Consultant and architect cuts 40% in lifecycle CO² at Institute for Global Environmental Strategies headquarters in Kanagawa, Japan
• Light shelves that block and diffuse direct sunlight and cast an abundance of indirect natural light inside
• Vertical louvers for western sun screening
• Natural ventilation to draw outside air inside
• Airflow windows to reduce the amount of radiant heat transfer through the windows
• An atrium to provide natural air circulation throughout the entire building
• Use of NaS batteries, micro-gas turbines and photovoltaic (PV) cells
Engineering consultant and architect Nikken reduced lifecycle carbon emissions by nearly 40% with its design for the Institute for Global Environmental Strategies (IGES) headquarters in Kanagawa, Japan.
The Japanese firm also cut lifecycle costs by nearly a half in the 4,404m² building which conducts research activities on practical and strategic police.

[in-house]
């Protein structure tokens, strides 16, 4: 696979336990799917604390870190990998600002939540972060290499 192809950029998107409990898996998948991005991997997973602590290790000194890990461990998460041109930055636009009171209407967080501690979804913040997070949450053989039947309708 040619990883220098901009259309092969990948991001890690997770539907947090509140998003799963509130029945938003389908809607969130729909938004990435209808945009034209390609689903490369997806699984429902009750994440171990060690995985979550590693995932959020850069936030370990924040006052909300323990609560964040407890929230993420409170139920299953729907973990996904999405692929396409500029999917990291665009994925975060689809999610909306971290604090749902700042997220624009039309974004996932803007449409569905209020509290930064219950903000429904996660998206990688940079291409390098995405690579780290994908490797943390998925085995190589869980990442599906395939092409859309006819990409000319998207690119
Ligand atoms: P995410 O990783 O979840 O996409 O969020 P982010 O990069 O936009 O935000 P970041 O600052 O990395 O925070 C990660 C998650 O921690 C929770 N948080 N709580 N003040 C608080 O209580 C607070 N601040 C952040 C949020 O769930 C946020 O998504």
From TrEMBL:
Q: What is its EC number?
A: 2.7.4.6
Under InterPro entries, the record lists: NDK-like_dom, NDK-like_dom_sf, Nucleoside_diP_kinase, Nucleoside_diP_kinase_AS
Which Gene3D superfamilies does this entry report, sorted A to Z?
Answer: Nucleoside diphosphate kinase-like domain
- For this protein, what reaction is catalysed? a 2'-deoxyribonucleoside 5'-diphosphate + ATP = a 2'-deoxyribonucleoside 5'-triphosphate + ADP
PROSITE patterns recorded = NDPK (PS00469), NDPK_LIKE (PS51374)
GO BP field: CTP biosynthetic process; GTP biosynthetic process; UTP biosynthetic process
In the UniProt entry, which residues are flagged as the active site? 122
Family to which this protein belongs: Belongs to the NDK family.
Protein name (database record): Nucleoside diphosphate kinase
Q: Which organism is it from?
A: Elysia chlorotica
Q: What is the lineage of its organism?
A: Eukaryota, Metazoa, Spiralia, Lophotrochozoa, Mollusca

The IGES HQ is located on the hill of Hayama with views of Fuji Mountain and Sagamiwan on the west side.
Nikken's aim was to maximise the potential of the land, and to create the practical and comfortable space to support future related research activities.
The lab space is located on the top floor, structured like a curve for the west side view.
The atrium on east side is serving as a gate hall and a meeting area for researchers. It also attracts natural wind for the whole building’s ventilation, which could reduce much energy load.